There have been over 5 million COVID deaths worldwide, but one continent that defied expectations was Africa.
Last year, health officials predicted millions would die in Africa from COVID, but instead, the continent has a death rate (161.26 per million population) lower than the world average (653.52 per million population), and Africa is described by the World Health as being “one of the least affected regions in the world” in its weekly pandemic reports.
According to a recent report from the Associated Press, COVID-19 seems to have become a thing of the past. In Zimbabwe, for example, only 33 new cases and zero deaths were recorded last week.
Fewer than 6 percent of the African continent has been vaccinated.
Naturally, the experts are baffled.
“Africa doesn’t have the vaccines and the resources to fight COVID-19 that they have in Europe and the U.S., but somehow they seem to be doing better,” said Wafaa El-Sadr, chair of global health at Columbia University.
According to the AP, “Some researchers say the continent’s younger population — the average age is 20 versus about 43 in Western Europe — in addition to their lower rates of urbanization and tendency to spend time outdoors, may have spared it the more lethal effects of the virus so far.”
However, some studies are looking into other possible explanations.
Researchers working in Uganda discovered that COVID-19 patients were less likely to experience severe symptoms or death if they had high rates of exposure to malaria.
“We went into this project thinking we would see a higher rate of negative outcomes in people with a history of malaria infections because that’s what was seen in patients co-infected with malaria and Ebola,” said Jane Achan, a senior research advisor at the Malaria Consortium and a co-author of the study. “We were actually quite surprised to see the opposite — that malaria may have a protective effect.”
The link between nations with high rates of malaria and lower rates of COVID death and less severe symptoms was observed in the early weeks of the pandemic. What was Africa doing differently?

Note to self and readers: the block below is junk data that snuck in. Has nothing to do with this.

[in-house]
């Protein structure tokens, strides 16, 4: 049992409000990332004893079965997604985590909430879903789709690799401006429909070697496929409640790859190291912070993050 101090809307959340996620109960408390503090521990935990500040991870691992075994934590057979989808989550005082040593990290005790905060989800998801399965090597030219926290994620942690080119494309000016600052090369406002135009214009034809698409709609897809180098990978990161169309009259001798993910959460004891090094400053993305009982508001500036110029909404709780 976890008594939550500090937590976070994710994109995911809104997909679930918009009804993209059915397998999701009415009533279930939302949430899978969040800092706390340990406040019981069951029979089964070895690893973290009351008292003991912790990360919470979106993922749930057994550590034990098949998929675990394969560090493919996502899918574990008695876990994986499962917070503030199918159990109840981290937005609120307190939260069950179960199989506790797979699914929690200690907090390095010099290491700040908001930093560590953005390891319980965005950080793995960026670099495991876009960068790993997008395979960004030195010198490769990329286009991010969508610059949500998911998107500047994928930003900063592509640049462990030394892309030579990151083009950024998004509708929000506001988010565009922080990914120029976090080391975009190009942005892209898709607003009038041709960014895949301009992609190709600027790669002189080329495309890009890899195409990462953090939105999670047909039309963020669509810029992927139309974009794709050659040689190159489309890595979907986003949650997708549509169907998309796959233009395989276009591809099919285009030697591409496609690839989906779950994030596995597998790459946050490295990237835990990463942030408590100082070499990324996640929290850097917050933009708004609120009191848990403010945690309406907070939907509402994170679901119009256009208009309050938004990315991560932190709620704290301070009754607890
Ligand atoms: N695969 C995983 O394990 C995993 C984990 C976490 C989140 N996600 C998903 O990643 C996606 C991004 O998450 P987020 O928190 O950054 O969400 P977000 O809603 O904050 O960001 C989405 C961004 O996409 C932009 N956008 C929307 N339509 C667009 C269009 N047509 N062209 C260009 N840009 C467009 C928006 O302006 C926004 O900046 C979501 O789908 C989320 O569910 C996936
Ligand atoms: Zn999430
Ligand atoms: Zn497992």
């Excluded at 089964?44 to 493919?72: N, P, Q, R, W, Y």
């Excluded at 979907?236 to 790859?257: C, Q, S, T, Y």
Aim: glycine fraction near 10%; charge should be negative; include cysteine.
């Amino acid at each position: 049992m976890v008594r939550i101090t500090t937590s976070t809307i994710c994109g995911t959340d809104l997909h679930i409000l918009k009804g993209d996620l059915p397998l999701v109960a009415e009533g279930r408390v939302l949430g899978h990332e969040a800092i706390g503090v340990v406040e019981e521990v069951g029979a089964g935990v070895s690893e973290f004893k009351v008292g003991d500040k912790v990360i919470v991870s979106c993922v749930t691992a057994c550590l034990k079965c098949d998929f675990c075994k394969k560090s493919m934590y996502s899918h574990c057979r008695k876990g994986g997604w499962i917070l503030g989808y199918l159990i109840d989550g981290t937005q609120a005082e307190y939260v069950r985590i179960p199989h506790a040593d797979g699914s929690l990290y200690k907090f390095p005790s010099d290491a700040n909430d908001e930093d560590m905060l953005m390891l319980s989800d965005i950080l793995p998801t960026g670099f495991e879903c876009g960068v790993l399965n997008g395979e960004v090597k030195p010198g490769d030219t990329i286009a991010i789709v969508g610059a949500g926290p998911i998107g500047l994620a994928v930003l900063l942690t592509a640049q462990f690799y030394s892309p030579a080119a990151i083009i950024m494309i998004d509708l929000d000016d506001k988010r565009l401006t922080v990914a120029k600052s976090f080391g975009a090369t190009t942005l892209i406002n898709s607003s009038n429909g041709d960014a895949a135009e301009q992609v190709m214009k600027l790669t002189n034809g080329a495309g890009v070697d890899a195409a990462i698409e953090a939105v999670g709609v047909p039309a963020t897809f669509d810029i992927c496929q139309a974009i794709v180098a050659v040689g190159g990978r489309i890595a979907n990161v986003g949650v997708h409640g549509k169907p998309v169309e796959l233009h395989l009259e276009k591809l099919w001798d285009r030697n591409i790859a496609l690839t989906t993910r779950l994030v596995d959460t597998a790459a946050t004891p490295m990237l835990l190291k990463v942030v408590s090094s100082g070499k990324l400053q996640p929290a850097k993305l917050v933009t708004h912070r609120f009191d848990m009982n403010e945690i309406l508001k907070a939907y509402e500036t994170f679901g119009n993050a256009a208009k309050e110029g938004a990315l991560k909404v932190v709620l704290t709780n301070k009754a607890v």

Interestingly, Africa has been using chloroquine (CQ) and hydroxychloroquine (HCQ) as an early treatment.
A study published in April 2020 in the American Journal of Tropical Medicine and Hygiene warned that, “there is currently no evidence that CQ or HCQ, two low-cost drugs for which we have extensive experience for treatment of malaria and rheumatic disorders, has beneficial effects on the clinical course of COVID-19 patients,” and then warned that, “the off-label use of CQ and HCQ to prevent or treat COVID-19 in Africa and elsewhere must be viewed with greatest caution, considering potential serious toxicities and benefit versus risk. If the effectiveness of these and other drugs is established in global trials, therapeutics for COVID-19 will require further operational evaluation in Africa.”
Because of the high rates of malaria in Africa, CQ and HCQ are widely available there and have been used to treat malaria for decades. It’s a cheap, off-patent drug, that was unfortunately highly politicized in the early weeks of the pandemic because President Trump cited a study showing it was potentially a gamechanger in the fight against COVID.
Unfortunately, Democrats cared more about defeating Trump in the election than saving lives, and fueled hysteria against the drugs. Anyone touting the drug’s potential was silenced, including doctors. Many peer-reviewed studies have shown that HCQ contributes to less severe symptoms and lower mortality when administered early. Unfortunately, those studies were ignored while studies that claimed HCQ caused higher mortality were given wide coverage in the media… and some turned out to be bogus.
Imagine how many lives might have been saved had we really been “in this together” instead of so many being “in this to get Trump.”